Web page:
The elves are working hard at Santa's satellite workshop in Spanish Town, thanks to Greg Myers and Patrick Ford. 

At the first moment of darkness each day until Christmas, Myers opens the stage curtain on the front window to reveal a life-sized Santa surrounded by seven elves putting last-minute touches on toys to be delivered to children around the world. 

The workshop is the centerpiece of the over-the-top holiday scene with a vintage vibe that the couple creates each year.

Scattered around Santa's workshop are items from department store displays from the 1960s, which Myers for searches all year.

"Many are in pretty poor shape when Greg finds them," Ford said. "He restores them with original old motors. He redoes the faces."

Myers particularly loves characters and toys that move, like Santa and the snowflakes.

Santa is looking over his list of good girls and boys, and, of course, those who got on his bad side.

"Those are the names of people I know or people who have inspired me," Myers said, adding that his humorous "bad list" includes his mother, a pesky neighborhood dog and Ford, who helps but doesn't tackle any of the major work.

Myers also creates many original pieces, like his North Pole, which is made of PVC pipe covered with red and white ribbons.

There's also Christmas stockings, Santa's bag filled with toy soldiers and wrapped Christmas candies. There are even letters to Santa written in different languages. 

Outside, thousands of twinkling lights in all different colors set the yard aglow. And reigning over it all is a big, lit 1960s-era Santa.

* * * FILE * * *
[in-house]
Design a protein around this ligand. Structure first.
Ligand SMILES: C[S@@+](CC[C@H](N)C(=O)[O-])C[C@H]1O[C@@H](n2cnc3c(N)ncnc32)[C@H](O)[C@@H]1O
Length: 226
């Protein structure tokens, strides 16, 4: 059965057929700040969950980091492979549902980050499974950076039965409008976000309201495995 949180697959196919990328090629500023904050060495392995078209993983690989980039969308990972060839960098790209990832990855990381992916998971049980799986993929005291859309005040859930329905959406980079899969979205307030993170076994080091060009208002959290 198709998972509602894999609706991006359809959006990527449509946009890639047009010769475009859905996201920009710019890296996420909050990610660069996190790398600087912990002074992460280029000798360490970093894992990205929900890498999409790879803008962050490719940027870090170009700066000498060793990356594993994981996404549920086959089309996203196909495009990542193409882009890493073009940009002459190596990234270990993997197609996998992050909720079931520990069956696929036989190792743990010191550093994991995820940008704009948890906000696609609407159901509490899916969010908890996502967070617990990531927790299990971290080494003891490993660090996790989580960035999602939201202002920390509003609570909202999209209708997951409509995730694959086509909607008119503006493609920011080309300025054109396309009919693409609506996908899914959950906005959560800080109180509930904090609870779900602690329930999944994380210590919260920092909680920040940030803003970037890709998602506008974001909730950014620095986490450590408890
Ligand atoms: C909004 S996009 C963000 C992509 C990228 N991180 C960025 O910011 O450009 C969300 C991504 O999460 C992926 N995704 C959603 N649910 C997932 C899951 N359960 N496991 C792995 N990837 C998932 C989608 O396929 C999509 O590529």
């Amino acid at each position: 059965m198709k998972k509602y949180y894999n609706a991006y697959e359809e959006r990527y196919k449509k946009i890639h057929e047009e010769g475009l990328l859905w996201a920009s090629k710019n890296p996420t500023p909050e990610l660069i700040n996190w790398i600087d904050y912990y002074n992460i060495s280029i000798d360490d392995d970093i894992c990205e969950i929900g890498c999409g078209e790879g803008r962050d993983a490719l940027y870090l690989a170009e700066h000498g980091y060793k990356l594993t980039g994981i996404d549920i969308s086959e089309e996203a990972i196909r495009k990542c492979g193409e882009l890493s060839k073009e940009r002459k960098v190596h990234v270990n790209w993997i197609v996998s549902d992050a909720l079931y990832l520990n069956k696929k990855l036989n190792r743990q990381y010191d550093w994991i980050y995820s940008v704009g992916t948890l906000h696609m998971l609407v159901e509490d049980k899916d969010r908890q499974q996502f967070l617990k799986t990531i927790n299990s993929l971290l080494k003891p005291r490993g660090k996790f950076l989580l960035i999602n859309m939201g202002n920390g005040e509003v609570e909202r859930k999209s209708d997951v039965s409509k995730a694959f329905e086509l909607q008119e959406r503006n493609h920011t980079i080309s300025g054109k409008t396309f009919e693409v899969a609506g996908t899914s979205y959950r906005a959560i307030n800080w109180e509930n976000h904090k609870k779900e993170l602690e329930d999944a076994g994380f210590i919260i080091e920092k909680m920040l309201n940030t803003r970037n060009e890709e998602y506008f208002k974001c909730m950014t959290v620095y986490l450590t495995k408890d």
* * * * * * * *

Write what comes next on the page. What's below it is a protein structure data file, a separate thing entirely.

The lights, which "dance" to the nonstop Christmas music, cover small Christmas trees Myers makes from upside-down tomato cages, yard sculptures and a bright star made from sticks. And, because the strings of light are not quite enough, Myers also highlights some of the decor with colored spotlights.

On one side of the yard is a Nativity scene from the 1960s that Myers' grandparents left to him.

"I restored what was needed with some TLC," he said. "It is very special to me."

The Santa and two reindeer on the roof are also from his grandparents. 

On the other side of the house is an electric train. It actually runs year-round but gets dressed up for Christmas in December. The train parks itself under the house after the lights are turned off.

It takes Myers about two weeks to set everything up.

"I help some, but the ideas, placement and all the magic comes from Greg," Ford said.

"I love Christmas," Myers said. "I have lots of memories from my childhood that I am trying to recreate."


See it all

Through Christmas Day, see the display at 655 Bungalow Lane in Spanish Town, downtown Baton Rouge. 

Getting there is a little tricky: Travel west on North Street, (not North Boulevard), and after passing under Interstate 110, turn right on Lucilla Lane and follow it to where it intersects with Bungalow Lane, a one-way street going south.